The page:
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Efficacy and safety of radium-223 dichloride in patients with castration-resistant prostate cancer and symptomatic bone metastases, with or without previous docetaxel use: a prespecified subgroup analysis from the randomised, double-blind, phase 3 ALSYMPCA trial - 28/10/14

Doi : 10.1016/S1470-2045(14)70474-7 
Peter Hoskin, ProfMD a, , Oliver Sartor, ProfMD b, Joe M O’Sullivan, ProfMD c, Dag Clement Johannessen, MD d, Svein I Helle, MD e, John Logue, FRCR f, David Bottomley, FRCR g, Sten Nilsson, ProfMD h, Nicholas J Vogelzang, ProfMD i, Fang Fang, PhD j, Mona Wahba, MD j, Anne-Kirsti Aksnes, PhD k, Christopher Parker, MD l
a Mount Vernon Cancer Centre, Northwood, Middlesex, UK 
b Tulane Cancer Center, New Orleans, LA, USA 
c Centre for Cancer Research and Cell Biology, Queen’s University, Belfast, UK 
d Ullevål University Hospital, Oslo, Norway 
e Haukeland University Hospital, Bergen, Norway 
f Christie Hospital, Manchester, UK 
g St James’s University Hospital, Leeds, UK 
h Karolinska University Hospital, Stockholm, Sweden 
i Comprehensive Cancer Centers of Nevada, Las Vegas, NV, USA 
j Bayer HealthCare Pharmaceuticals, Whippany, NJ, USA 
k Algeta ASA (Bayer), Oslo, Norway 
l The Royal Marsden NHS Foundation Trust and Institute of Cancer Research, Sutton, Surrey, UK 

* Correspondence to: Prof Peter Hoskin, Mount Vernon Cancer Centre, Northwood, Middlesex HA6 2RN, UK

Summary

Background

Primary results from the phase 3 ALSYMPCA trial showed that radium-223 dichloride (radium-223), a targeted α-emitter, improved overall survival compared with placebo and was well tolerated in patients with castration-resistant prostate cancer and symptomatic bone metastases. We did a prespecified subgroup analysis from ALSYMPCA to assess the effect of previous docetaxel use on the efficacy and safety of radium-223.

Methods

In the phase 3, randomised, double-blind ALSYMPCA trial, patients with symptomatic castration-resistant prostate cancer, at least two symptomatic bone metastases, no known visceral metastases, and who were receiving best standard of care were randomly assigned (2:1) via an interactive voice response system to receive six injections of radium-223 (50 kBq/kg intravenously) or matching placebo, with one injection given every 4 weeks. Patients had either received previous docetaxel treatment or were unsuitable for or declined docetaxel; previous docetaxel use (yes or no) was a trial stratification factor. We investigated the effect of previous docetaxel use on radium-223 treatment for the primary endpoint of overall survival, the main secondary efficacy endpoints, and safety. Efficacy analyses were done for the intention-to-treat population; safety analyses were done for the safety population. The trial has been completed and is registered with ClinicalTrials.gov, number NCT00699751.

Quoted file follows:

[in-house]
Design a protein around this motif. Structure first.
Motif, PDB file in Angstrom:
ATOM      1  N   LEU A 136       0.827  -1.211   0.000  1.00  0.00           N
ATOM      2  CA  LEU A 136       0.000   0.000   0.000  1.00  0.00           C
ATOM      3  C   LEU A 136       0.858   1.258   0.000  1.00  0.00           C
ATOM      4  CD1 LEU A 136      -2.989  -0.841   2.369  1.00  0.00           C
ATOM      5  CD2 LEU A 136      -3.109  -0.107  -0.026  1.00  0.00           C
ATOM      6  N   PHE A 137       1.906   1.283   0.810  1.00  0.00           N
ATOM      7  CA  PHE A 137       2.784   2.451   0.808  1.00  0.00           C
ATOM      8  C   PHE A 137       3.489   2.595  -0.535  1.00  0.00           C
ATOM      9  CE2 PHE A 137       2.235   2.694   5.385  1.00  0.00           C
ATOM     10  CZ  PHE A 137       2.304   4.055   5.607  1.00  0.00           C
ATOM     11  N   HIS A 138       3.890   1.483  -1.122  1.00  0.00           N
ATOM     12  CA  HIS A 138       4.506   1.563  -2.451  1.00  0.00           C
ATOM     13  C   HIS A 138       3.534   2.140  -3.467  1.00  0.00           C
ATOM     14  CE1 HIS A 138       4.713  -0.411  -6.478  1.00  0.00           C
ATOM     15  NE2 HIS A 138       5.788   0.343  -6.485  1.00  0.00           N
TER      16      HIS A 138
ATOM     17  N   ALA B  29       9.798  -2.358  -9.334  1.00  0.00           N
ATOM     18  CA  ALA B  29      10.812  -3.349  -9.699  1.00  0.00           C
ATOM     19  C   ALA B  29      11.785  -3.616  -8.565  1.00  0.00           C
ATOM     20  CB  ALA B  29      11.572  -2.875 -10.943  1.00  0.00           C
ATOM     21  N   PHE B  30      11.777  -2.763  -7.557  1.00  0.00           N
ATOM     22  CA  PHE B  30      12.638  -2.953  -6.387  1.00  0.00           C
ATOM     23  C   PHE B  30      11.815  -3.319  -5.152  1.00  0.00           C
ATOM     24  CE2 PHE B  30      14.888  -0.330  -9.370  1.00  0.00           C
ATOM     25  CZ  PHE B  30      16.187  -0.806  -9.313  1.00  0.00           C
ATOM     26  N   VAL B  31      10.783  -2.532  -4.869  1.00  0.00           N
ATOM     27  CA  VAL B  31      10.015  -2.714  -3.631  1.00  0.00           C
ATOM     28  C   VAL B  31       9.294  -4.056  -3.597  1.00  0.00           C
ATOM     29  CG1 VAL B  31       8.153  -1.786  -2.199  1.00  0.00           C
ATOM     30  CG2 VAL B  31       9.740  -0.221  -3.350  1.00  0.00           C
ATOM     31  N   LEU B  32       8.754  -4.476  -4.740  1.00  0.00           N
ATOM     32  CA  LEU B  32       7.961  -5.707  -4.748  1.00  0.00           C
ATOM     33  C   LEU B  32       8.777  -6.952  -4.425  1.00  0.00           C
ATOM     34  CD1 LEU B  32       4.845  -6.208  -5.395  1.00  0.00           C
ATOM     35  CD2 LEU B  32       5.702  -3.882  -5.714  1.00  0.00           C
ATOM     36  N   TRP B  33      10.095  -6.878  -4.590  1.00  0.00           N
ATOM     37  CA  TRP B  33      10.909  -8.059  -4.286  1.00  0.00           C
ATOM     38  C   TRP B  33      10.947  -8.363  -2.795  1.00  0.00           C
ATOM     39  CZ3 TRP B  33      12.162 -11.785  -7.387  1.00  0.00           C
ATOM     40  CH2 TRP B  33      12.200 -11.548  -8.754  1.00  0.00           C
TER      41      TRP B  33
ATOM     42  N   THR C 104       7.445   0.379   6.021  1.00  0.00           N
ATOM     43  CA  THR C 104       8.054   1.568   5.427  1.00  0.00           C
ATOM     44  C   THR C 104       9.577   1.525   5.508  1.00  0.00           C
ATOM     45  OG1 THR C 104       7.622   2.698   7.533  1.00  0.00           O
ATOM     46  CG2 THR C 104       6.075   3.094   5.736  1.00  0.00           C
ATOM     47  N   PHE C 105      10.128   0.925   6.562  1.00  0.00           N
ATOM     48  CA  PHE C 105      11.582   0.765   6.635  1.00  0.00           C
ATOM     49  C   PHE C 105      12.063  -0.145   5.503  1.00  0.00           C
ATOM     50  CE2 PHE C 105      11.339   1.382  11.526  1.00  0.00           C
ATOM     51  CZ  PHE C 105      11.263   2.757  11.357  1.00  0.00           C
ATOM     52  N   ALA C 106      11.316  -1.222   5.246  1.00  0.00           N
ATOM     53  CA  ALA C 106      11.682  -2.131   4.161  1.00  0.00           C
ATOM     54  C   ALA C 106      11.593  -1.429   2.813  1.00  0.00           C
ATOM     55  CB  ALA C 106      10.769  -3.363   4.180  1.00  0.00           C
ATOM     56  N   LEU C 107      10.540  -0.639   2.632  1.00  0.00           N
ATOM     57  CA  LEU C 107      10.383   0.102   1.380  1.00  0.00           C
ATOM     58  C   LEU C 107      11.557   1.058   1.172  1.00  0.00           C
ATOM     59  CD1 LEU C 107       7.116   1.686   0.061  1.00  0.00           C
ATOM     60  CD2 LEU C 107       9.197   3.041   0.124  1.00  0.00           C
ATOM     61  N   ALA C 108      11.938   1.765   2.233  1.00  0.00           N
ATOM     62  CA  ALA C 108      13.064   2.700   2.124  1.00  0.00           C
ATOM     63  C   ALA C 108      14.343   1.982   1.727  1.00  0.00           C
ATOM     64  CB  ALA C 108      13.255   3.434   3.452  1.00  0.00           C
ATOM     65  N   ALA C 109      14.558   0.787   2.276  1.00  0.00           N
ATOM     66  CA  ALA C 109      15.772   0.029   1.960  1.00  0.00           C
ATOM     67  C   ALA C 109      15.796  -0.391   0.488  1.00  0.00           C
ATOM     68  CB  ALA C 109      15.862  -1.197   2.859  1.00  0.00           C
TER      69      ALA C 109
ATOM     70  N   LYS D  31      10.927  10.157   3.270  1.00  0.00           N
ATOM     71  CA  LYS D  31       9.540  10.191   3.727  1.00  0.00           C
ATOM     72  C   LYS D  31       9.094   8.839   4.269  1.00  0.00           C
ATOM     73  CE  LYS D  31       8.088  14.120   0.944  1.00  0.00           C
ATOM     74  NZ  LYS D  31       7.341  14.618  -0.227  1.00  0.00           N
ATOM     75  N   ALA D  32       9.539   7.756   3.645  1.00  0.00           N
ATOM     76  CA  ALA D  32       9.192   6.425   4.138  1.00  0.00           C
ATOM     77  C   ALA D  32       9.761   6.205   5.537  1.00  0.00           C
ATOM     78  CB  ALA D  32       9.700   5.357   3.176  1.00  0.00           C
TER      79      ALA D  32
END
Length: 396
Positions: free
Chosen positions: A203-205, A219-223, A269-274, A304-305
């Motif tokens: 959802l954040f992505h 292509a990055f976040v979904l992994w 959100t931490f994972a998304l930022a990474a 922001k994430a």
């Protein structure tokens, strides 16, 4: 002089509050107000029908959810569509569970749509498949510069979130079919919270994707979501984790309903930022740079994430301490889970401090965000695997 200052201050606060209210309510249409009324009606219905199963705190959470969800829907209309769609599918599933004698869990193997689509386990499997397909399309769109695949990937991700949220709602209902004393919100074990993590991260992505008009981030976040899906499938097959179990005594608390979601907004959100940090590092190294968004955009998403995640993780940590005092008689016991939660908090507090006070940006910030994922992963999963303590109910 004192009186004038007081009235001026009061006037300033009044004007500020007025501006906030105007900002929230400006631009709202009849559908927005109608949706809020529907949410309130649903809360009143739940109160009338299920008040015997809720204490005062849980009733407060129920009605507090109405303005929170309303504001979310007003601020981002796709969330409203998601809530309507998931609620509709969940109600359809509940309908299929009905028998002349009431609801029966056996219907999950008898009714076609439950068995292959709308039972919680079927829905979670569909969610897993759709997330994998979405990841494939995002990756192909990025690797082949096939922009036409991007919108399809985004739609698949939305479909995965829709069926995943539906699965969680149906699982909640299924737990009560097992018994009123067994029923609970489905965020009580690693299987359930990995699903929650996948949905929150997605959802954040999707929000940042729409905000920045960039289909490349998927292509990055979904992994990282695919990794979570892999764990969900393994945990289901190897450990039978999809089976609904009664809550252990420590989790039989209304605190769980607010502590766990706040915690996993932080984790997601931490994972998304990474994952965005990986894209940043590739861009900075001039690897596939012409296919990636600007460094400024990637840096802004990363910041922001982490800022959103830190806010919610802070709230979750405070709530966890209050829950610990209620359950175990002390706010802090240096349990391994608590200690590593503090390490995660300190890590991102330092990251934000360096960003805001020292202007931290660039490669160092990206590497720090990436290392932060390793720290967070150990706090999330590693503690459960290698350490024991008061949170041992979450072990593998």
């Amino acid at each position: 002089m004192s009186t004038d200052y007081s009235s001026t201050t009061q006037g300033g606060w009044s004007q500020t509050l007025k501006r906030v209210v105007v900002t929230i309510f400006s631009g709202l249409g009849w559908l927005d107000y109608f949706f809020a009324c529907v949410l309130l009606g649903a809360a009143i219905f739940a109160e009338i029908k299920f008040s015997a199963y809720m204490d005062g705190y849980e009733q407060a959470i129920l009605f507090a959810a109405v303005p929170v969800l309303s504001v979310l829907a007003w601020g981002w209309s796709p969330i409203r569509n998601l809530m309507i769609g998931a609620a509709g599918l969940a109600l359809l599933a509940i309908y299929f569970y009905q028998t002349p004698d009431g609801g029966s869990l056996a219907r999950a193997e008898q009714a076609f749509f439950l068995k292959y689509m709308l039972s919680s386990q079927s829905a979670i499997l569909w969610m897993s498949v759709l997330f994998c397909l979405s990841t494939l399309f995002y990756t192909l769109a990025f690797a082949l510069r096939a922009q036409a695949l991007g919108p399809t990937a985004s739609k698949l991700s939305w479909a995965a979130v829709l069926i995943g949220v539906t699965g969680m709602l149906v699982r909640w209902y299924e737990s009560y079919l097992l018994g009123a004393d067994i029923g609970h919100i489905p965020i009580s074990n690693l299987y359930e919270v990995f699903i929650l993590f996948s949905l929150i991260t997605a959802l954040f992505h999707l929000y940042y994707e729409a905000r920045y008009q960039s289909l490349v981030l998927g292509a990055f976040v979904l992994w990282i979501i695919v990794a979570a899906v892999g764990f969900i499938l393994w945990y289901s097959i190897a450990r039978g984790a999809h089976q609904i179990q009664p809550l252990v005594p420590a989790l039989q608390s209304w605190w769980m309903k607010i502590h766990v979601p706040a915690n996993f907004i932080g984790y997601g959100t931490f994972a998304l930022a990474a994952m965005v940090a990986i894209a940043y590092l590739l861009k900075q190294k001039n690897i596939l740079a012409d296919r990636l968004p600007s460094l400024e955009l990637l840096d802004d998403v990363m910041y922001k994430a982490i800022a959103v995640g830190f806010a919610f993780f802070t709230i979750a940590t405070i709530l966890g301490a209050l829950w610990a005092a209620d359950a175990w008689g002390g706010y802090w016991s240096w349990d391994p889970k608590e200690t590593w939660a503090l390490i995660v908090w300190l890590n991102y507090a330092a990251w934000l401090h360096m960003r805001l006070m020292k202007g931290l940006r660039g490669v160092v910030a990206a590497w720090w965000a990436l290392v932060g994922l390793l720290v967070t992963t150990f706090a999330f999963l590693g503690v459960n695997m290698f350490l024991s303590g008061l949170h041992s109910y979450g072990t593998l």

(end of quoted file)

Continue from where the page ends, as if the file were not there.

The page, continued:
Findings

Randomisation took place between June 12, 2008, and Feb 1, 2011. 526 (57%) of 921 randomly assigned patients had received previous docetaxel treatment (352 in the radium-223 group and 174 in the placebo group) and 395 (43%) had not (262 in the radium-223 group and 133 in the placebo group). Radium-223 prolonged median overall survival compared with placebo, irrespective of previous docetaxel use (previous docetaxel use, hazard ratio [HR] 0·70, 95% CI 0·56–0·88; p=0·002; no previous docetaxel use, HR 0·69, 0·52–0·92; p=0·01). The benefit of radium-223 compared with placebo was seen in both docetaxel subgroups for most main secondary efficacy endpoints; risk for time to time to first symptomatic skeletal event was reduced with radium-223 versus placebo in patients with previous docetaxel use, but the difference was not significant in those with no previous docetaxel use. 322 (62%) of 518 patients previously treated with docetaxel had grade 3–4 adverse events, compared with 205 (54%) of 383 patients without docetaxel. Patients who had previously been treated with docetaxel had a higher incidence of grade 3–4 thrombocytopenia with radium-223 than with placebo (31 [9%] of 347 patients vs five [3%] of 171 patients), whereas the incidence was similar between treatment groups among patients with no previous docetaxel use (seven [3%] of 253 patients vs one [1%] of 130 patients). The incidences of grade 3–4 anaemia and neutropenia were similar between the radium-223 and placebo groups within both docetaxel subgroups.

Interpretation

Radium-223 is effective and well tolerated in patients with castration-resistant prostate cancer and symptomatic bone metastases, irrespective of previous docetaxel use.

Funding

Algeta ASA and Bayer HealthCare Pharmaceuticals.

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Vol 15 - N° 12

P. 1397-1406 - novembre 2014 Retour au numéro
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